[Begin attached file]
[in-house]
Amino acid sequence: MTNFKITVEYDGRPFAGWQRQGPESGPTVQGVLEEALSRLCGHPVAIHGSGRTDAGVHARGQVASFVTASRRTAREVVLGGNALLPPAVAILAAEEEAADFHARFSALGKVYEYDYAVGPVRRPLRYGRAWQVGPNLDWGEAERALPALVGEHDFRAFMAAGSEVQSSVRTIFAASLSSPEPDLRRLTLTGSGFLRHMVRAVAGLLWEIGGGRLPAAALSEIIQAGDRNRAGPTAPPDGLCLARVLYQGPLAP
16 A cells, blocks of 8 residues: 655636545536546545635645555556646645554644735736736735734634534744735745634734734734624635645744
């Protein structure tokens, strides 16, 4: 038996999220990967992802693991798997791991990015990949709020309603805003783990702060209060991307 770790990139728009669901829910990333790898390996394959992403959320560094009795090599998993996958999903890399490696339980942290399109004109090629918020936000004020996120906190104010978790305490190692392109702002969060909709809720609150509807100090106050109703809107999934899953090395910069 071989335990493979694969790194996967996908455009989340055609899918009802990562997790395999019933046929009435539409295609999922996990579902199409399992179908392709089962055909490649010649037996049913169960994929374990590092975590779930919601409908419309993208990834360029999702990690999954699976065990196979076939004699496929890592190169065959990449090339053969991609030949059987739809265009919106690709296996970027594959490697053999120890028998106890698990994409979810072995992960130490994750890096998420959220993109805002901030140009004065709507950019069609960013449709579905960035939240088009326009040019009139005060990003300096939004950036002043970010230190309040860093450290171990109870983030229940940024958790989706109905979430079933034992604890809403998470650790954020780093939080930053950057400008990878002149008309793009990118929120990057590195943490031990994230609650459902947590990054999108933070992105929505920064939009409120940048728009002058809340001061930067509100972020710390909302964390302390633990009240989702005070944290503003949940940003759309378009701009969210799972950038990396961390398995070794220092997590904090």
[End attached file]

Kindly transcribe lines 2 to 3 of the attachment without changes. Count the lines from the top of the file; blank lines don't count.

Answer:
Amino acid sequence: MTNFKITVEYDGRPFAGWQRQGPESGPTVQGVLEEALSRLCGHPVAIHGSGRTDAGVHARGQVASFVTASRRTAREVVLGGNALLPPAVAILAAEEEAADFHARFSALGKVYEYDYAVGPVRRPLRYGRAWQVGPNLDWGEAERALPALVGEHDFRAFMAAGSEVQSSVRTIFAASLSSPEPDLRRLTLTGSGFLRHMVRAVAGLLWEIGGGRLPAAALSEIIQAGDRNRAGPTAPPDGLCLARVLYQGPLAP
16 A cells, blocks of 8 residues: 655636545536546545635645555556646645554644735736736735734634534744735745634734734734624635645744